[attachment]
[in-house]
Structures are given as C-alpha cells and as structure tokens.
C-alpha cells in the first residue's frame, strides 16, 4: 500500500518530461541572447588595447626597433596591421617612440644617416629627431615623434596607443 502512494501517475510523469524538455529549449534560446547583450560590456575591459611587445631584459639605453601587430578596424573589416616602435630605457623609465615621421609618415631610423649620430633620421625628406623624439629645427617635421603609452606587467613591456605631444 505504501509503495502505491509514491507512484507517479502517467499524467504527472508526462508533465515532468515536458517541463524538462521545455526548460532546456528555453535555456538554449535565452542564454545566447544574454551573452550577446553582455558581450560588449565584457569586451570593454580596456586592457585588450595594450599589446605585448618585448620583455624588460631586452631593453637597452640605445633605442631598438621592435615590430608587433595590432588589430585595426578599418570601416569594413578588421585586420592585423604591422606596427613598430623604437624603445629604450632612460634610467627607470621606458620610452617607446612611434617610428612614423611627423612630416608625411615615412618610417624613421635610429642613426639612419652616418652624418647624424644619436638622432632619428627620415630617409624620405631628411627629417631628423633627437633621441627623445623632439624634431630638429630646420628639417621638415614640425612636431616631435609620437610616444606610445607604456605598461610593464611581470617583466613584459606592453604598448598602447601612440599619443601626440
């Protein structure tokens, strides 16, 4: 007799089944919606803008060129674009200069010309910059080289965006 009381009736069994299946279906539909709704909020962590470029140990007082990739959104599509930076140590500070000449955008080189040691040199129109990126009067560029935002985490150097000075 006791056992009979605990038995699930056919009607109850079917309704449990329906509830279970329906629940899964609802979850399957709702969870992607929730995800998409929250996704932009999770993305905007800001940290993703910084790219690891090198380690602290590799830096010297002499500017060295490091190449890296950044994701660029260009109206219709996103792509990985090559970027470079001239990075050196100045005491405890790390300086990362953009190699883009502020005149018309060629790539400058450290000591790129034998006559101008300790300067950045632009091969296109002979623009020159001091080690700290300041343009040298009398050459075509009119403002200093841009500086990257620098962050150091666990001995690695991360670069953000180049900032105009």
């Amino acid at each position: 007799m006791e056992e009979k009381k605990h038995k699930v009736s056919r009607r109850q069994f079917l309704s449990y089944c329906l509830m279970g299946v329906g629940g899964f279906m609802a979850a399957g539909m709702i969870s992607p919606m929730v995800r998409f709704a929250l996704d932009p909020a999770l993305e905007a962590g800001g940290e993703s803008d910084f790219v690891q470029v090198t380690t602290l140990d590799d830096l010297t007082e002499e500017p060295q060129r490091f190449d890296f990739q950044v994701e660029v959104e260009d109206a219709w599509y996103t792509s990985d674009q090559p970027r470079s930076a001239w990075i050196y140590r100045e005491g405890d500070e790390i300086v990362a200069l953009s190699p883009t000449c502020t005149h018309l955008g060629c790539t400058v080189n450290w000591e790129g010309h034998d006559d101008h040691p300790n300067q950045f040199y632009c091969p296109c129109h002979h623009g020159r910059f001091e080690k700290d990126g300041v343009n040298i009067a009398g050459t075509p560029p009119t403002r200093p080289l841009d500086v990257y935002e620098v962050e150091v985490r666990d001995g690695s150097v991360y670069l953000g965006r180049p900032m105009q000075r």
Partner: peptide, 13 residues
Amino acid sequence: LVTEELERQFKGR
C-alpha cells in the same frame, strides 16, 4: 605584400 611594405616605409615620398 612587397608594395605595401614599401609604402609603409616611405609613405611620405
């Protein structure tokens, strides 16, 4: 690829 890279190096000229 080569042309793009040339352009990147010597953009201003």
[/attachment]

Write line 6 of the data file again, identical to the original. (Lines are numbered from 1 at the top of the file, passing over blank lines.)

Partner: peptide, 13 residues